Katalin Karikó and Drew Weissman are often described as the pioneers of the mRNA discoveries that underpin the first COVID-19 vaccines. In 2005 both scientists published a paper reporting that a slightly tweaked version of mRNA that can be administered without triggering the immune system, a discovery that is now seen as foundational to the development of mRNA vaccines. Karikó and Weissman secured patents on these discoveries and licensed them non-exclusively to Moderna and BioNTech RNA, the company that has been collaborating with Pfizer for the development of a mRNA vaccine. Several of these patents are subject to the provisions of the Bayh-Dole Act.
In this blog I briefly overview the US government funding and patents filed by Karikó and Weissman.
Government funding to Karikó and Weissman
Drew Weissman appears as the principal investigator on a total of 42 projects funded by the National Institutes of Health (NIH) between 1998 and 2020, representing $18,323,060 in costs. Two of these grants, AI050484 and AI060505, started before the foundational mRNA patent applications were filed and are acknowledged in six of the patents listed in the tables presented below. Katalin Karikó was the principal investigator of four projects funded by the NIH between 2007 and 2011, totaling $1,234,462 in costs. The patents also acknowledge DE14825, a grant to Daniel Malamud, a New York University professor formerly at the University of Pennsylvania.
U.S. patents filed by Karikó and Weissman
As Table 1 shows, Katalin Karikó has been listed as co-inventor in eleven patents. All of these patents are generally directed to RNA preparations and uses. Ten of these patents also name Drew Weissman as a co-inventor and are assigned to the University of Pennsylvania. The remaining one is assigned to BioNTech RNA. At least six of these patents are subject to the Bayh-Dole provisions, as their government funding acknowledgements indicate.
In other words, the United States government funded and has certain rights over at least some of the foundational Karikó and Weissman patents directed to mRNA discoveries.
Some of these patents include broad claims. For instance, Claim 1 of the U.S. patent 8,278,036 (the ‘036 patent) is directed to “[a] method for inducing a mammalian cell to produce a protein of interest comprising: contacting said mammalian cell with in vitro-synthesized modified RNA encoding a protein of interest, wherein said in vitro-synthesized modified RNA comprises the modified nucleoside pseudouridine.” The method described in this claim emcompases any “protein of interest.” This patent was filed in the United States on August 21, 2006, issued on October 2, 2012, and acknowledges being subject to the Bayh-Dole Act provisions.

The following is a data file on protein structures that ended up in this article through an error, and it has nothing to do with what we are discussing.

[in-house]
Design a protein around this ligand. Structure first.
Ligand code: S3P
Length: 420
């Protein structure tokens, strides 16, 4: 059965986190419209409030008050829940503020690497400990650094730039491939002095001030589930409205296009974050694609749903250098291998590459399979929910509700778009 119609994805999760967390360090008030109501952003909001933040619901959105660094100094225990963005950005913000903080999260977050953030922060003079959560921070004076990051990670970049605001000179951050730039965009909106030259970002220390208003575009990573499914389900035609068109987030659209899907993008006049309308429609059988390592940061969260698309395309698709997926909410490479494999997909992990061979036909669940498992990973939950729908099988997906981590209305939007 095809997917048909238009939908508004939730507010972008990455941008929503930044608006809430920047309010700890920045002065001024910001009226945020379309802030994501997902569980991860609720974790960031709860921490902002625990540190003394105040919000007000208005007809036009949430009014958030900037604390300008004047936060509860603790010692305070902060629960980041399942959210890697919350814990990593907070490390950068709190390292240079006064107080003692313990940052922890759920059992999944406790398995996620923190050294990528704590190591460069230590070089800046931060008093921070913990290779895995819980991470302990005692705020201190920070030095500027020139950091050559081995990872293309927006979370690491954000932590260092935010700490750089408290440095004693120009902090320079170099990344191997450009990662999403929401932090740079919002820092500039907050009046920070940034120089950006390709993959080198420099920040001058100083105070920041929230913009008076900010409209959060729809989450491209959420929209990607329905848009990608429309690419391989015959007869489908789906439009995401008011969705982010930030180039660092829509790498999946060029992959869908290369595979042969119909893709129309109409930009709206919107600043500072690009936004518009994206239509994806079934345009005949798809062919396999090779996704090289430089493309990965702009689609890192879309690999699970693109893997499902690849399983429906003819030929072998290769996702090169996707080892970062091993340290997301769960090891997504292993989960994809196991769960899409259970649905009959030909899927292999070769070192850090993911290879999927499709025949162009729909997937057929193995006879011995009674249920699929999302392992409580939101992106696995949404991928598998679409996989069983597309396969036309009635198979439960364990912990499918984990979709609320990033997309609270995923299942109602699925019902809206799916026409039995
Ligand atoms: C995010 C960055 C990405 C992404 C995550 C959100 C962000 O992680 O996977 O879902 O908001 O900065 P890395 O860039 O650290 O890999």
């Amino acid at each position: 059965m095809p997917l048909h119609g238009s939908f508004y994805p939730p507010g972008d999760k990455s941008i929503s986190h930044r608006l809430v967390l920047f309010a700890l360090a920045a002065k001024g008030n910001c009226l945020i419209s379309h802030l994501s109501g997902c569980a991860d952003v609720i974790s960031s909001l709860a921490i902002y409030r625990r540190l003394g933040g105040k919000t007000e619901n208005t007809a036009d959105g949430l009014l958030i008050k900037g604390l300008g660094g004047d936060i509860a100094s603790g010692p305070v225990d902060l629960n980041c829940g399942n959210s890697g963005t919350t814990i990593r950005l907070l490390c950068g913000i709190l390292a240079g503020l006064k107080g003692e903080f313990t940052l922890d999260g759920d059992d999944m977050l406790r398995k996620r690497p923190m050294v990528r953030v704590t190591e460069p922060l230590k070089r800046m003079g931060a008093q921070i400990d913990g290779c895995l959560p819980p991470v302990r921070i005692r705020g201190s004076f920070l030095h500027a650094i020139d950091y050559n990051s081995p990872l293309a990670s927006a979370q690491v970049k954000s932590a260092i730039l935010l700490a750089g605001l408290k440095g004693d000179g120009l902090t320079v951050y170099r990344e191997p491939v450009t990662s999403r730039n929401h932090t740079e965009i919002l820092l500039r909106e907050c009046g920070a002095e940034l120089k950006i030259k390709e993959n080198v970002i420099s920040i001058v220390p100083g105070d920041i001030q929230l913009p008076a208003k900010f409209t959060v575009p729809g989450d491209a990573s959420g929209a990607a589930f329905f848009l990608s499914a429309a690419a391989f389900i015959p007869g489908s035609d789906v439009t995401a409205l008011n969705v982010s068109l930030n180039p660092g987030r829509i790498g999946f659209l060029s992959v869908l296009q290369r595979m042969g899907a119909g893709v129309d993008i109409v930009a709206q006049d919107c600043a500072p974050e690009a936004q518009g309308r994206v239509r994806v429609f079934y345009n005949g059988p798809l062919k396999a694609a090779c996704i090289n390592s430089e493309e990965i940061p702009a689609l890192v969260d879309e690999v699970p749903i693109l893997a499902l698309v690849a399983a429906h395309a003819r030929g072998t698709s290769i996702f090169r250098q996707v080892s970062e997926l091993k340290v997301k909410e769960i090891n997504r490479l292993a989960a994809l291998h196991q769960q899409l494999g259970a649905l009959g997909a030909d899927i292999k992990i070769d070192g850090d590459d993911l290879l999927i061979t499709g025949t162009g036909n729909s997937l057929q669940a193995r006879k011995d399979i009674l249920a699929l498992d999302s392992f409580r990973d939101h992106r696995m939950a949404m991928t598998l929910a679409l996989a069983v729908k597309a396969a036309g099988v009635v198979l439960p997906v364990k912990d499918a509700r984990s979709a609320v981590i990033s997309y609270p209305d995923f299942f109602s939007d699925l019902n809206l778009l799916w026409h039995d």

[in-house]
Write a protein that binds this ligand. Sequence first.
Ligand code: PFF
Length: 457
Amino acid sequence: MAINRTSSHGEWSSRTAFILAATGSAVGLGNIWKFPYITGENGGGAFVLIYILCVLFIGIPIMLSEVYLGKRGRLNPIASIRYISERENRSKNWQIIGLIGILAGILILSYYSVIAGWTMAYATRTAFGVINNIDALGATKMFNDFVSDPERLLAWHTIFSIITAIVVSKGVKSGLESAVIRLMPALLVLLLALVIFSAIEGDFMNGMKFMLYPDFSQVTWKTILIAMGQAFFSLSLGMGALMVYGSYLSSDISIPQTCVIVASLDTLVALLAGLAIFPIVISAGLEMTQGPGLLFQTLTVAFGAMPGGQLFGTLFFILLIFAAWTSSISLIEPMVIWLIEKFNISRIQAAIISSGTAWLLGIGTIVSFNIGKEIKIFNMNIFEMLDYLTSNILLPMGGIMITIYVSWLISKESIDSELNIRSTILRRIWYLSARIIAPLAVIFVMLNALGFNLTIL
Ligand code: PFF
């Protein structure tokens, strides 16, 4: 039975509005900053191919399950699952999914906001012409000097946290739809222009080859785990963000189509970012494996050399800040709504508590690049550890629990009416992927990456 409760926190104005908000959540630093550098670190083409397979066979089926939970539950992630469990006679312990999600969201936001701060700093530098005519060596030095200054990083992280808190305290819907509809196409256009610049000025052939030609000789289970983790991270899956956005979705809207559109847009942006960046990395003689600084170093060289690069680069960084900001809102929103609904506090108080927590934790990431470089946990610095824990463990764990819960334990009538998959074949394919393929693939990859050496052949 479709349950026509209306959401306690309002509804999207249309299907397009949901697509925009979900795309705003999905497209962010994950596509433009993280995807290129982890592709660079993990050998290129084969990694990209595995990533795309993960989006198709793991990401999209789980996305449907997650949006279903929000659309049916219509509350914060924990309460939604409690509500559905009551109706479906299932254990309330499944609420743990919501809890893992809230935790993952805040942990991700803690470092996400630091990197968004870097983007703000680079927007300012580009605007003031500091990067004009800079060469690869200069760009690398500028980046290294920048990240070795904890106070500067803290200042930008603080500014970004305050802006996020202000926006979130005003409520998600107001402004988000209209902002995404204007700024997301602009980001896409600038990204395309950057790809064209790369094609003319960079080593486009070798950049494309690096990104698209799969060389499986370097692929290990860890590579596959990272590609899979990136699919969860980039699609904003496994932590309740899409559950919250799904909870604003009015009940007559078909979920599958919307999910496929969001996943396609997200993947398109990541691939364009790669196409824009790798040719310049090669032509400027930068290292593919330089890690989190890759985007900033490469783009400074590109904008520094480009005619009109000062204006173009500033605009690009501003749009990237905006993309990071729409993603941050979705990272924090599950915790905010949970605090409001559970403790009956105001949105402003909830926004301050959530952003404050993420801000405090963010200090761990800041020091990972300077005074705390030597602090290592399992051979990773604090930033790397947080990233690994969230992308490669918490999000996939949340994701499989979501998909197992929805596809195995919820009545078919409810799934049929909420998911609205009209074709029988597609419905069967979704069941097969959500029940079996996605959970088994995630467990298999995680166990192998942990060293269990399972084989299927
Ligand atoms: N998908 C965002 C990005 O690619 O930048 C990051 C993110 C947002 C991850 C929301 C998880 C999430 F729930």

Other jurisdictions where Karikó and Weissman patents have been filed
Karikó and Weissman have filed twin applications in a number of countries in addition to the United States. Table 2 provides a list of countries where at least one pair of the Karikó and Weissman patents were filed. This analysis, based on the priorities, is limited by data availability, since patent status information tends to be unreliable in some countries.
As shown in Table 2, the Karikó and Weissman patents are linked to applications filed in at least 19 countries outside of the United States and the European Patent Office (EPO). This analysis only reflects if a twin application was filed, regardless of whether it was granted. Most of the countries where twin applications were filed are high income. U.S. patent 10,006,007 has a pair in at least 18 additional jurisdictions.
Sublicenses to Moderna and BioNTech RNA
Moderna and BioNTech, the companies behind the two leading COVID-19 vaccine candidates, have both obtained non-exclusive sublicenses over mRNA patents assigned to the University of Pennsylvania. The licenses have been disclosed to the SEC, but with heavy redactions that keep in secret the numbers of the covered patents.
The University of Pennsylvania exclusively licensed certain mRNA patents and applications to CellScript and its affiliate, mRNA RiboTherapeutics, on December 20, 2016. CellScript further entered into non-exclusive worldwide sublicenses with Moderna on June 26, 2017 and with BioNTech on July 14, 2017. Although the patent and application numbers are redacted, the Moderna sublicense agreement does explain that they relate to “technology which was developed by Drs. Drew Weissman and Katalin Kariko of Penn’s Perelman School of Medicine.” As such, it is likely that these licenses include at least some of the patents listed in Table 1. In particular, it seems likely that these licenses cover the ‘036 patent, which has broad claims directed to mRNA methods.
Both licenses contain a “U.S. Government Rights” clause, stating that they are “expressly subject to all applicable United States government rights, including, but not limited to, any applicable requirement that products, which result from such intellectual property and are sold in the United States, must be substantially manufactured in the United States […]” This is an acknowledgement that at least some of the licensed patents are subject to Bayh-Dole rights.